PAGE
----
In many organisms inhibitors may act as part of a feedback mechanism. If an enzyme produces too much of one substance in the organism, that substance may act as an inhibitor for the enzyme at the beginning of the pathway that produces it, causing production of the substance to slow down or stop when there is sufficient amount. This is a form of negative feedback. Enzymes which are subject to this form of regulation are often multimeric and have allosteric binding sites for regulatory substances. Their substrate/velocity plots are not hyperbolar, but sigmoidal (S-shaped).
Irreversible inhibitors react with the enzyme and form a covalent adduct with the protein. The inactivation is irreversible. These compounds include eflornithine a drug used to treat the parasitic disease sleeping sickness. Penicillin and Aspirin also act in this manner. With these drugs, the compound is bound in the active site and the enzyme then converts the inhibitor into an activated form that reacts irreversibly with one or more amino acid residues.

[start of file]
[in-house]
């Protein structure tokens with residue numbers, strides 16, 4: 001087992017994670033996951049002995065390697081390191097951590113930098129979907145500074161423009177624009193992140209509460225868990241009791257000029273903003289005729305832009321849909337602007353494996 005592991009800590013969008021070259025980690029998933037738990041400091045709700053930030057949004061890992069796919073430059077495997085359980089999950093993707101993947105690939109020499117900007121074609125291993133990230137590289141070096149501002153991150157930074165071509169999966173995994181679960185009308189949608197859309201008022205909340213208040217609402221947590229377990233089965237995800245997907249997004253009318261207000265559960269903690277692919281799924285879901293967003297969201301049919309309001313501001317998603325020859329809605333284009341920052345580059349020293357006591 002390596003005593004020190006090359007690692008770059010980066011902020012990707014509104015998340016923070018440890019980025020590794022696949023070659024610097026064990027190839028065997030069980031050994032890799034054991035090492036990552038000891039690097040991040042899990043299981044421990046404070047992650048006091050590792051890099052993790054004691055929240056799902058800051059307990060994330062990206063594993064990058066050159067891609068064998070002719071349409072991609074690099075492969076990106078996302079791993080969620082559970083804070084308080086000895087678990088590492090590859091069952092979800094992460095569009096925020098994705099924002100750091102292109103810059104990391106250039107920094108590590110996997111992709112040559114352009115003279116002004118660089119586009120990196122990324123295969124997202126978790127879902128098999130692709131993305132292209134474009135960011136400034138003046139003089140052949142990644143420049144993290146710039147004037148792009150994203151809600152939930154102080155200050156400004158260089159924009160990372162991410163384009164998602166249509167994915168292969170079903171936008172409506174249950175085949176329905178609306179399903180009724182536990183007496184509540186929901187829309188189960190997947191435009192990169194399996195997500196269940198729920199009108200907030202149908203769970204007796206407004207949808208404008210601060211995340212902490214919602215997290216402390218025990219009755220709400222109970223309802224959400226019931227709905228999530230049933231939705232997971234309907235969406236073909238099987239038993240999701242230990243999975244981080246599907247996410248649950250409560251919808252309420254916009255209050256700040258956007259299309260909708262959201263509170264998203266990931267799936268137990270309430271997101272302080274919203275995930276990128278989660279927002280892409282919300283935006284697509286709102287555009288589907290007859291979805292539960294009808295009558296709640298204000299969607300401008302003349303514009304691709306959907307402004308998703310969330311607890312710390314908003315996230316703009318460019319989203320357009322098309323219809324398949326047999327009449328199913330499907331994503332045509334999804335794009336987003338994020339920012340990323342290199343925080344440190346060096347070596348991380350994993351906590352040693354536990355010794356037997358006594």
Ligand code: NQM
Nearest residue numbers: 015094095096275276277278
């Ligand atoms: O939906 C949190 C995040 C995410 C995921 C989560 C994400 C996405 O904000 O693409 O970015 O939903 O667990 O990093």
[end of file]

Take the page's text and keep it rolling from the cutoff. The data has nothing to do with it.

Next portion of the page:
Uses of inactivatorsInhibitors are often used as drugs, but they can also act as poisons. However, the difference between a drug and a poison is usually only a matter of amount, since most drugs are toxic at some level, as Paracelsus wrote, "In all things there is a poison, and there is nothing without a poison." Equally, antibiotics and other anti-infective drugs are just specific poisons that kill a pathogen but not its host.
An example of an inactivator being used as a drug is aspirin, which inhibits the COX-1 and COX-2 enzymes that produce the inflammation messenger prostaglandin, thus suppressing pain and inflammation. The poison cyanide is an irreversible enzyme inactivator that combines with the copper and iron in the active site of the enzyme cytochrome c oxidase and blocks cellular respiration.